One Spouse’s Liability for Debts of the Other
Here is a common scenario. Spouse #1 goes to the doctor to have some body part fixed. Let’s say the bill to the Spouse for those services is $1,000. Twelve months later, Spouse #1 and Spouse #2 divorce. The divorce decree says that Spouse #1 will be responsible for that medical bill. However, Spouse #1 does not pay the bill. Since Spouse #1 is not working, the doctor (or their collection agent) contacts the now-former Spouse #2 and tell him/her that they are liable for the medical debt of the other spouse. Is the collector correct in that the former spouse #2 is personally liable for this debt?
Answer: Yes (at least in Washington); Spouse #2 is personally liable for the medical expenses incurred by Spouse #1.
Washington has a statute that establishes liability of one spouse for the ‘necessary expenses’ / “expenses of the family” incurred by the other spouse for the benefit of that spouse and their children, if any. That statute provides: “The expenses of the family and the education of the children, including stepchildren, are chargeable upon the property of both spouses or both domestic partners, or either of them, and they may be sued jointly or separately.” RCW 26.16.205 (emphasis added.) The complete statute is copied below.
Separate Liability of the Spouse
You will notice that the statute says that each spouse may be sued “jointly or separately”. That means that the spouse that was not treated has personal/separate liability for the medical expense incurred by the other spouse. That is the critical point of this article.
The Divorce Decree Does Not Prevent Liability
What about the divorce decree? It says (former) Spouse #1 is responsible for the debt. That is true. However, the doctor was not a party to the divorce and did not agree in the terms of the divorce decree to only go after former spouse #1 for payment. So, the doctor simply relies on RCW 26.16.205 – former spouse #2 is personally/separately liable for the medical debt incurred by former spouse #1.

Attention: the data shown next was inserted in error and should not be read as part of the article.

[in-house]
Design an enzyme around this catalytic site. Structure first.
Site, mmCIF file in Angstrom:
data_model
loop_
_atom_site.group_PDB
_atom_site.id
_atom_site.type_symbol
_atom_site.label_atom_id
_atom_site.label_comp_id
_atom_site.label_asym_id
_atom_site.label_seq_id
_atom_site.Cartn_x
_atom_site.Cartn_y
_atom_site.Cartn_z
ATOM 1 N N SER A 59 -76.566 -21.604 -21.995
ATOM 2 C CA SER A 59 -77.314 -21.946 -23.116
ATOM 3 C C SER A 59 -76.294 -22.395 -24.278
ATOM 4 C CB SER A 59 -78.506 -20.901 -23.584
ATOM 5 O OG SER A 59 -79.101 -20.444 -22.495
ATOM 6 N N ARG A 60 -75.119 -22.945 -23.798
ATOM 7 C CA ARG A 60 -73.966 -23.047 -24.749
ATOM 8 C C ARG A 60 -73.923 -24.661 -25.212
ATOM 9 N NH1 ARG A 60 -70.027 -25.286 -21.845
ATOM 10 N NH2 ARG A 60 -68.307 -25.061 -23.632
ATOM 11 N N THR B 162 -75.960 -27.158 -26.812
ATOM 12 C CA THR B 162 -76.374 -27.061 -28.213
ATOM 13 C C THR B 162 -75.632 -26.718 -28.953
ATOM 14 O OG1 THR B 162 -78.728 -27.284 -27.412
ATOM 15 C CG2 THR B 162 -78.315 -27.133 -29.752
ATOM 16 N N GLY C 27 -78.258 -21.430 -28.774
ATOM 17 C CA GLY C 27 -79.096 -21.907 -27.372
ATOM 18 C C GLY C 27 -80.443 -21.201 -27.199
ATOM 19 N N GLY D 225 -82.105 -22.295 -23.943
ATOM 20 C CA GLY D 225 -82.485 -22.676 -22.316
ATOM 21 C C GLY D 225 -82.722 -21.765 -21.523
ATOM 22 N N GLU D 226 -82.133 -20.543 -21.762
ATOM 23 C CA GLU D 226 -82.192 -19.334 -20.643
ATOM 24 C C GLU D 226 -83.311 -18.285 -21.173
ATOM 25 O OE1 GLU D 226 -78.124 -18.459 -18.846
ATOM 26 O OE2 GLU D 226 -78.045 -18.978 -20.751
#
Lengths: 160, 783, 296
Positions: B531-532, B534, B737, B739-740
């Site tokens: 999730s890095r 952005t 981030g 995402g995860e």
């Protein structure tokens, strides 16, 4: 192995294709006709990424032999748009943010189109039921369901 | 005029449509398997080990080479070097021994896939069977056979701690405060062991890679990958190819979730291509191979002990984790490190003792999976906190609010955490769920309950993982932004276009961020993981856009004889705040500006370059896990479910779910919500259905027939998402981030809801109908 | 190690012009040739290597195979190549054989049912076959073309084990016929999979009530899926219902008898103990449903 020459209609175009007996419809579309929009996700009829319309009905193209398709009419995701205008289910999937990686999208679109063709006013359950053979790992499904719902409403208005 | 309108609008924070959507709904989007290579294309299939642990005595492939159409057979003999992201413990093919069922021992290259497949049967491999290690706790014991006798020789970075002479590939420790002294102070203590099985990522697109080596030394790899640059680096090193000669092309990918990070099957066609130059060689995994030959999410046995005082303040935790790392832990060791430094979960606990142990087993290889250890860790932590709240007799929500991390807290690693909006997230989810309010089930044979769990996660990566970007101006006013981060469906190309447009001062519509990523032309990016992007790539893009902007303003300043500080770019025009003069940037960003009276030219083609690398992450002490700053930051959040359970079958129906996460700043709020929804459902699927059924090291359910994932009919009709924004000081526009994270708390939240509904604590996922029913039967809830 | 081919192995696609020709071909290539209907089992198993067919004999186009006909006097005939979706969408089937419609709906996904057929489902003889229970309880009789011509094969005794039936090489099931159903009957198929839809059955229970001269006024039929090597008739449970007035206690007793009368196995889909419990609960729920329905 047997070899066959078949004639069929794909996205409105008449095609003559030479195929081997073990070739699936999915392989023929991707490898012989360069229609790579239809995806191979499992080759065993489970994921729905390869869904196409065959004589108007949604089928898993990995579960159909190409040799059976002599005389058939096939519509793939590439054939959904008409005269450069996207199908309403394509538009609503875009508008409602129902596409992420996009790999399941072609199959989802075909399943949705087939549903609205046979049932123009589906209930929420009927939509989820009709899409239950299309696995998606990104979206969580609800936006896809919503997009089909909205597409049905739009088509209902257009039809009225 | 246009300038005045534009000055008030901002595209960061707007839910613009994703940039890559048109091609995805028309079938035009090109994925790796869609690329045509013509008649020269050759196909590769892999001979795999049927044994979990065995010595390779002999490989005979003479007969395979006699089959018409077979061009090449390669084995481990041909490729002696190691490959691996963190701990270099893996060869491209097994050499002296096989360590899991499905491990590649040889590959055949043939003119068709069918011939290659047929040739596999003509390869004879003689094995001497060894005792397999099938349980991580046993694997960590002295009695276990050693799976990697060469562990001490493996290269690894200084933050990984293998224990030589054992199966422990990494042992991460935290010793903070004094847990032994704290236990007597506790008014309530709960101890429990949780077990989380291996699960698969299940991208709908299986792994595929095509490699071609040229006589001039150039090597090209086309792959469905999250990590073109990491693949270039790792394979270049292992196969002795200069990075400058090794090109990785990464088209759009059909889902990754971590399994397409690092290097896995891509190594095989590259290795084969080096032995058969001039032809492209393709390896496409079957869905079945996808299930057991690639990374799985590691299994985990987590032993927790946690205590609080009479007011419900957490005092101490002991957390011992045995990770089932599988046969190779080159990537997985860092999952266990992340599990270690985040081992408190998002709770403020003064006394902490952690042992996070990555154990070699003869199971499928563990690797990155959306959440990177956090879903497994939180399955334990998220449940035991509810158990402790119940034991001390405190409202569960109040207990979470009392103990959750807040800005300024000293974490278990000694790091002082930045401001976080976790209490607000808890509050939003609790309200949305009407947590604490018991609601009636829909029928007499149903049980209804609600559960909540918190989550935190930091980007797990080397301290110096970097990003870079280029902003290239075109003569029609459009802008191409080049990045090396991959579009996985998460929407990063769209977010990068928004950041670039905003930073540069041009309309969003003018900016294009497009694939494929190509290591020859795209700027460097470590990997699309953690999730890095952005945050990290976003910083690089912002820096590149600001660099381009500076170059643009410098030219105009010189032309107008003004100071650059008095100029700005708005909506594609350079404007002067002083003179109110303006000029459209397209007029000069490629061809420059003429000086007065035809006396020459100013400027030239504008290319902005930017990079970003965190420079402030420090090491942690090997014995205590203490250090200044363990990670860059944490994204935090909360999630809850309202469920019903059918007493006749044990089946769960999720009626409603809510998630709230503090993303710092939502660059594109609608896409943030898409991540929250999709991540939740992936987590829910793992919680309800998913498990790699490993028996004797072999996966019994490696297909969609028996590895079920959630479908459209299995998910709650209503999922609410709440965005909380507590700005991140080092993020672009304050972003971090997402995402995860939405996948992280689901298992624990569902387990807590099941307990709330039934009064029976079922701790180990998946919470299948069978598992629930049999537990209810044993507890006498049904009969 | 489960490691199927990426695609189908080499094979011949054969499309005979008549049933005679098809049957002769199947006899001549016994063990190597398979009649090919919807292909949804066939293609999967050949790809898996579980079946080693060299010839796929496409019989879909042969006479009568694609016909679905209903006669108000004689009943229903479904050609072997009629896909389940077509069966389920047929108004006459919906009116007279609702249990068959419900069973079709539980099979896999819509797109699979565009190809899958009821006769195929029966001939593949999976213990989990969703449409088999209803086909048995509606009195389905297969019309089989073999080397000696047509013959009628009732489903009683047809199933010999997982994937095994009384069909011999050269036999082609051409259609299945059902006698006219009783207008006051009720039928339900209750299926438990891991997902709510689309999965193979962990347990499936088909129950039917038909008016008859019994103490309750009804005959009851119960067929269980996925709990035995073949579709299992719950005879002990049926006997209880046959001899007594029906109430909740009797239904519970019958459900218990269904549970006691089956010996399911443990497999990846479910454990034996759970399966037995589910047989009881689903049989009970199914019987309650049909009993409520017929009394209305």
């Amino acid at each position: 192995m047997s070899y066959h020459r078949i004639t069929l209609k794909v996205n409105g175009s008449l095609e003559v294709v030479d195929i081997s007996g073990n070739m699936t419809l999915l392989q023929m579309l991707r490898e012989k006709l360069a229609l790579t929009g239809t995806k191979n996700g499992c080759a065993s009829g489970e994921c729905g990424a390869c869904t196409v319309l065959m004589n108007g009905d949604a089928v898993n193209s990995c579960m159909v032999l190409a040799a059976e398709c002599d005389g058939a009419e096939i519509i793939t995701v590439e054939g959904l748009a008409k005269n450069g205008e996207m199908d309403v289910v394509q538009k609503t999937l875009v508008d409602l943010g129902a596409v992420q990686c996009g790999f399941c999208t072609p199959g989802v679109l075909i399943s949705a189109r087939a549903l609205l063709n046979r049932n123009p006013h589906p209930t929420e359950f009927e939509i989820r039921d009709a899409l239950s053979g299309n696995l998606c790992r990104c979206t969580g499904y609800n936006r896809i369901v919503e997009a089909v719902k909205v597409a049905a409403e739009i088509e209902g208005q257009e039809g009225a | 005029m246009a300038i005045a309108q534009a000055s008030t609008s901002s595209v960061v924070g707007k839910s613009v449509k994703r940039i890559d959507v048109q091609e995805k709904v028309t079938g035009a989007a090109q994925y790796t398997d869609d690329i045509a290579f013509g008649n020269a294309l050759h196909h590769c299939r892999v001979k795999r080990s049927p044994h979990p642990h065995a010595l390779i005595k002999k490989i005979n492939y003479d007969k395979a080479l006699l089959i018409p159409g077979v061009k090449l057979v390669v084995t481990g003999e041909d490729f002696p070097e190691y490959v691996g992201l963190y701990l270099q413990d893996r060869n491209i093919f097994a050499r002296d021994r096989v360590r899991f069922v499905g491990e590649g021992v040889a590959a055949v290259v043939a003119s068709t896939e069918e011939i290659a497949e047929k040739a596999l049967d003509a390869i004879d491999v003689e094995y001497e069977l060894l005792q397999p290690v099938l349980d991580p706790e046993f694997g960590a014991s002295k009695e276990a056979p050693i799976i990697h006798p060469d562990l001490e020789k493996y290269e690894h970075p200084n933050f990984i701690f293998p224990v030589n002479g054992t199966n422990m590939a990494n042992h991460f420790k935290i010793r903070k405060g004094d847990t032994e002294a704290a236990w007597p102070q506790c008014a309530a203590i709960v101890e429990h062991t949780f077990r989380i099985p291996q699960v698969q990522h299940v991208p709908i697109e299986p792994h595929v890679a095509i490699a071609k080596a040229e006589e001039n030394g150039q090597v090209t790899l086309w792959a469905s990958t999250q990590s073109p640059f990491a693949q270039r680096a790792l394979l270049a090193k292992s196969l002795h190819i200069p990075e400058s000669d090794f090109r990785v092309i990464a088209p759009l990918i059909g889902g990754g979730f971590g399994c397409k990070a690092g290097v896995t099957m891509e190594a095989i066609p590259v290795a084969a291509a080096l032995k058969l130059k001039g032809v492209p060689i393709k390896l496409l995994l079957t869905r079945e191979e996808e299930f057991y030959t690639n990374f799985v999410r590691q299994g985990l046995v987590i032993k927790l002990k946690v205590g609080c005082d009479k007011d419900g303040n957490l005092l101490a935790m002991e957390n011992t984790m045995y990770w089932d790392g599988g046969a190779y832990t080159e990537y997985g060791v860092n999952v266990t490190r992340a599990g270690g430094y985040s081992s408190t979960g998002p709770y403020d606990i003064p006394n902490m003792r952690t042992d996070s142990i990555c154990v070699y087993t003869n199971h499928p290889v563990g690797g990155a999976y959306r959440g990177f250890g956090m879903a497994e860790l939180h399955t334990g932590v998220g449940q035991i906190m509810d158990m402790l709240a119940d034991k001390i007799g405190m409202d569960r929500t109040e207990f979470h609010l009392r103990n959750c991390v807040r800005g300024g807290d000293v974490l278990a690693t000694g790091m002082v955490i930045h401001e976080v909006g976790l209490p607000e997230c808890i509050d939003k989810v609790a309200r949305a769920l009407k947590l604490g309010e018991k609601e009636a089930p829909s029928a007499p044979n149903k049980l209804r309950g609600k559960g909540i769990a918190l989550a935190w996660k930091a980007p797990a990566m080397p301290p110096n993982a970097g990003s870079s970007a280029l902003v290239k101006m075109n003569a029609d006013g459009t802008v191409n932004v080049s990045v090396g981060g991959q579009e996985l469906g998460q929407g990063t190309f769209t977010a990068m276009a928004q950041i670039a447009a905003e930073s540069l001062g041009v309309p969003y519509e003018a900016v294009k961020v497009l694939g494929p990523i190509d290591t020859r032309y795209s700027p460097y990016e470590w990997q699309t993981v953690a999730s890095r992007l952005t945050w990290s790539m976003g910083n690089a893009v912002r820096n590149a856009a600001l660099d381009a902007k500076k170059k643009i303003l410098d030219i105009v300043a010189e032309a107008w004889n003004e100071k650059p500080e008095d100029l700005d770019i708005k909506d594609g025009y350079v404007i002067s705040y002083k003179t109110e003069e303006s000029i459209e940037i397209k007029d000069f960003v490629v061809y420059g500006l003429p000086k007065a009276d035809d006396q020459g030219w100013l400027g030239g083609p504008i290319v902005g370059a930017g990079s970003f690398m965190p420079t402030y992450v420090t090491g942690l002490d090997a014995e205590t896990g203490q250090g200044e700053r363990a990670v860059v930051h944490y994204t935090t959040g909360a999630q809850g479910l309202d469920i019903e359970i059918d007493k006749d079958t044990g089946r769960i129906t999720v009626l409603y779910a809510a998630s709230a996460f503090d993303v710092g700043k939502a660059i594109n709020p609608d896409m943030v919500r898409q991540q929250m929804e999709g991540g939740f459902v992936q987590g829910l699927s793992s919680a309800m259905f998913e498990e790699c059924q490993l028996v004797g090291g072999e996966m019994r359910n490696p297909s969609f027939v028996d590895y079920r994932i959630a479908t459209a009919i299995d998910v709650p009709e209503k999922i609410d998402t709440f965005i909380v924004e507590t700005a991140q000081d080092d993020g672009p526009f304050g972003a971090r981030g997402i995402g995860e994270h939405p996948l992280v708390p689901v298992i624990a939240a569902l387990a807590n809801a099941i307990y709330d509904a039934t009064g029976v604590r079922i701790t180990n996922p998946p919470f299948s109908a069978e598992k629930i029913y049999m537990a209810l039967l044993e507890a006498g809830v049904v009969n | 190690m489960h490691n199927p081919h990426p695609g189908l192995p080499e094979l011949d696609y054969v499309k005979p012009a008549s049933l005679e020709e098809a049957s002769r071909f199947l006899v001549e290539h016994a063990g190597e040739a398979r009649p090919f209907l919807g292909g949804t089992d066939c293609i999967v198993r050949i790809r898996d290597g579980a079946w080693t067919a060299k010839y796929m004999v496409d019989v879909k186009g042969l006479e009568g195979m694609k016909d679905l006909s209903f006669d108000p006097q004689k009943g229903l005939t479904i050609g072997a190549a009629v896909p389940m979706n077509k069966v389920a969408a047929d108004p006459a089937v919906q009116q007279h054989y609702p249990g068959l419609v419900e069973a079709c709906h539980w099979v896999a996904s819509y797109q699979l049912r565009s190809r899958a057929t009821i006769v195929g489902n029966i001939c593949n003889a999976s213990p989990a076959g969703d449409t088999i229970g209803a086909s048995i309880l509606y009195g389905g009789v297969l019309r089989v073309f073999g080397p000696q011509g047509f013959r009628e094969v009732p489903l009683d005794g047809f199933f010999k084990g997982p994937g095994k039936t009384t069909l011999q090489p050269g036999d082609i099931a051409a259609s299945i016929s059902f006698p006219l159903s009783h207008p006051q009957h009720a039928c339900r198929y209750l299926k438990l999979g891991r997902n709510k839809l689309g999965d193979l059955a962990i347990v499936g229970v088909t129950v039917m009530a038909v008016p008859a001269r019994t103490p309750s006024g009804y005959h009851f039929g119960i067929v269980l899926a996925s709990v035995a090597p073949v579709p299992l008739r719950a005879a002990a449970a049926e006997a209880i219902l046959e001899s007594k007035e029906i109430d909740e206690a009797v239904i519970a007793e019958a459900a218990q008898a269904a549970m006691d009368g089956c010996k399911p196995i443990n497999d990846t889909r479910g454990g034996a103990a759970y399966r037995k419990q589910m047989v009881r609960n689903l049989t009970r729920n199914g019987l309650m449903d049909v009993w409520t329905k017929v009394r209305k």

Education and Other Expenses
If you carefully read the language of the statute above, you noticed that the non-purchasing spouse is also personally liable for the education costs of children and step-children and for ALL “expenses of the family” – not just medical expenses. “Expenses of the family” are limited to necessary expenses including but not necessarily limited to food and medical care.
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RCW 26.16.205 Liability for family support — Support obligation of stepparent
The expenses of the family and the education of the children, including stepchildren, are chargeable upon the property of both spouses or both domestic partners, or either of them, and they may be sued jointly or separately. When a petition for dissolution of marriage or state registered domestic partnership or a petition for legal separation is filed, the court may, upon motion of the stepparent, terminate the obligation to support the stepchildren. The obligation to support stepchildren shall cease upon the entry of a decree of dissolution, decree of legal separation, or death.